By evaluating hormonal changes over a 24-hour period, a pattern can be determined and a treatment protocol designed. An effective plan involving natural hormones, nutritional support and various stress-relief therapies can be successfully implemented to reestablish the proper menstrual dynamics, hormonal balance and well-being.
Transdermal Delivery System for treating hormone deficiencies.
The first treatment consideration for improving libido is, as mentioned earlier, that the maladaptive stress response must be interrupted so that sex hormones will no longer be converted for stress purposes. Women must know that, until these conversion pathways are closed, supplementation with the sex hormones estrogen and progesterone is of little value because they will easily be converted. First, therefore, proper levels of the adrenal hormones cortisol and dehydroepiandrosterone (DHEA) need to be reestablished.
Once that is accomplished, hormonal restoral of estrogen and progesterone is best accomplished with transdermal creams using a dual-phase approach, which uses estrogen-dominant (only if estrogen is deficient) supplementation during the first 14 days and progesterone supplementation during the second 14 days.
In general, women are not estrogen deficient. In fact, often there is an overabundance of estrogen effect in the body. Now much of this estrogen effect is not from naturally produced human estrogen, however, but from the estrogen-mimicking chemicals we ingest in our food. Hormones fed to cows for milk production and growth, estrogen-like compounds in plastics, even the water we drink contains estrogen, probably from oral contraceptives released in our water supply. So generally what women need to balance the estrogen effect is more progesterone. This is especially true as women get older and accumulate more fat deposits because fat also releases estrogen. Unfermented soy, as in soy milk, soy nuts, or soy substitutes should therefore be avoided by women, as they add to the estrogen effect.
A transdermal (rubbed onto the skin) hormonal cream supplement works best. It is easily applied and delivered. Hormones that are taken by mouth get digested just like any other substance, and the hormone is lost. Transdermal application bypasses the obstacle of breakdown in the digestive system or liver. Also, the best placement is as close to nature as possible, through the vaginal mucosa. That provides placement close to the ovaries where their effects are most important, or distribution through the same pelvic blood vessels that nature would use. While the use of these creams or any other hormonal therapy should be initiated under the guidance of a healthcare practitioner, the creams provide an individual the ability to adjust the dosage to the exact amount needed during each phase. Supplementing with both phyto-estrogen (from natural plant sources) and progesterone will re-balance the natural monthly cycle. Pre-menopausal women should use the phyto-estrogen cream from day one through 15 of their monthly cycle (day one is first day of menses); the progesterone cream should be used from day 16 through 28. Postmenopausal women can create a cycle by using the lunar cycle. From new moon to full moon is estrogen and from full moon to new is progesterone. After four cycles, women should get fully retested to see whether the dosages of the creams and other supplements need further adjustment.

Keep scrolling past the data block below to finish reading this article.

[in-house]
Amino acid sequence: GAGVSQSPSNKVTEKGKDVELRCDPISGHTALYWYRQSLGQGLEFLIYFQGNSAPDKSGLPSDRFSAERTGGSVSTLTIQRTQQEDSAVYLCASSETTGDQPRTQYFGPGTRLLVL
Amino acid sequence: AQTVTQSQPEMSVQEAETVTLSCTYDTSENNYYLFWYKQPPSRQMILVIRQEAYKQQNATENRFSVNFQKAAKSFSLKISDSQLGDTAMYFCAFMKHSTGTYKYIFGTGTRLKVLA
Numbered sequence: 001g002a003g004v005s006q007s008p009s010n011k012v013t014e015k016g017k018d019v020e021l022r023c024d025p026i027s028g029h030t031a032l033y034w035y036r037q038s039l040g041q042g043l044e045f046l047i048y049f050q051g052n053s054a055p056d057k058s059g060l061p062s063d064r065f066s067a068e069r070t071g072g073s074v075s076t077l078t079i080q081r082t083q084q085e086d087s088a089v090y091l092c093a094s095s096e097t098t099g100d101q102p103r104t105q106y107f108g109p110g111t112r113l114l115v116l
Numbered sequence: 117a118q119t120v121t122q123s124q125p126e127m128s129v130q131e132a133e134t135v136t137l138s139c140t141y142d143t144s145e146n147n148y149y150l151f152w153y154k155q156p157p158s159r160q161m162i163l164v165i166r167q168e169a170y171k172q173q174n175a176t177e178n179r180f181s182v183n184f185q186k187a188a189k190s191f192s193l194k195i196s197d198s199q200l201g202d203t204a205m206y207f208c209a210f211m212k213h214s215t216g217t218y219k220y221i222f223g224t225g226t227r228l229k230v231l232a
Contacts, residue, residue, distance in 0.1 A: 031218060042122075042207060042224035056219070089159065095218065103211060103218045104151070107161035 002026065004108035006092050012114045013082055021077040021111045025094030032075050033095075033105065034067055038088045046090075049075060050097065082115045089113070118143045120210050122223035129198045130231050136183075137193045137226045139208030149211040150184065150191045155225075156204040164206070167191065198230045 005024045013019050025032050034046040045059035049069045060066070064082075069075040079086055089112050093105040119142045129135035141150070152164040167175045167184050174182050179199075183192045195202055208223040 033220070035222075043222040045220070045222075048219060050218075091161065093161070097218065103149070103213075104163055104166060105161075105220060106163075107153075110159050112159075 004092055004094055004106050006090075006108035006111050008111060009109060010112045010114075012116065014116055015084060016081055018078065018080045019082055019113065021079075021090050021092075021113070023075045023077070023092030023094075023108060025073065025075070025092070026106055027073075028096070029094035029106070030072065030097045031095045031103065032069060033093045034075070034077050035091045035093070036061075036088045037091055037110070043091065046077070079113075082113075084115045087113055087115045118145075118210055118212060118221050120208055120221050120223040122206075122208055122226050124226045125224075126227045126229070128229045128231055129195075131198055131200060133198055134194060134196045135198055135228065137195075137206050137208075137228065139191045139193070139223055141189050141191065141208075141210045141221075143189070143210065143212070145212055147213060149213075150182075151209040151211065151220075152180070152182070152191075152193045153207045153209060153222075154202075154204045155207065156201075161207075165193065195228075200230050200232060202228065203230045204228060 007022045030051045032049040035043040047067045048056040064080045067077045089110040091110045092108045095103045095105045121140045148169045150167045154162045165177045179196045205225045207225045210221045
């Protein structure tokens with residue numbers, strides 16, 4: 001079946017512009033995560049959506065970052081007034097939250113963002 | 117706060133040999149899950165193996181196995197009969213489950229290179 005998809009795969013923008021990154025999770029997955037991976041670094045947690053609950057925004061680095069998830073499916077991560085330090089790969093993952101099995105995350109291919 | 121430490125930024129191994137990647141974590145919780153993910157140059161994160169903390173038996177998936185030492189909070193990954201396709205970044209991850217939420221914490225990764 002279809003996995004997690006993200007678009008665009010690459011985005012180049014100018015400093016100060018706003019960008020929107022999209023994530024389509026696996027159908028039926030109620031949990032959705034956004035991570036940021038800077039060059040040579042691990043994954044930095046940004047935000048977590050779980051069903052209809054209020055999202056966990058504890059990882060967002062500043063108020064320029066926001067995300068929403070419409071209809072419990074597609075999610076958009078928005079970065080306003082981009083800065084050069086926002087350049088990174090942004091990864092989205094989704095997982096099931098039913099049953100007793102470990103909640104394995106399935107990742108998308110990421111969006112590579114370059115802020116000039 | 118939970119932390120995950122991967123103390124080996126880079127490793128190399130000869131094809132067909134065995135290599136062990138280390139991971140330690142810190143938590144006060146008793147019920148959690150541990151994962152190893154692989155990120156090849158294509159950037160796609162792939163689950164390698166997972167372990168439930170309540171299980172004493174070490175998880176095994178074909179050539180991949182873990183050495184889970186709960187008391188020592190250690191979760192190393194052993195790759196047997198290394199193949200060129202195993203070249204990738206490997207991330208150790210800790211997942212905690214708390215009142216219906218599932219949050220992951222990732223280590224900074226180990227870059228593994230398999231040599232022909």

Transdermal Supplementation of Progesterone
Hormones need only be rubbed once or twice a day into the mucous membranes. However, what typically works wonderfully initially can invariably stop working because of “dermal fatigue”. Progesterone is highly fat-soluble and once applied will store itself in fat tissue. The fat tissue becomes saturated with the hormones and they will actually stop working or can even make symptoms worse. When one initially uses the cream, there aren’t any problems as the fat stores are very low. But as time goes on, the cream accumulates and contributes to disruptions of the adrenal hormones such as DHEA, cortisol, and testosterone. Although progesterone cream is an enormously useful tool, it needs to be used very cautiously. Progesterone is normally a cyclical hormone and the body really needs to see a change in the concentration to affect a proper physiological response. If the level is constantly above the concentration that it recognizes as “off” or low, this is not possible. Therefore, it is imperative to check levels with treatment, and use pulse therapy.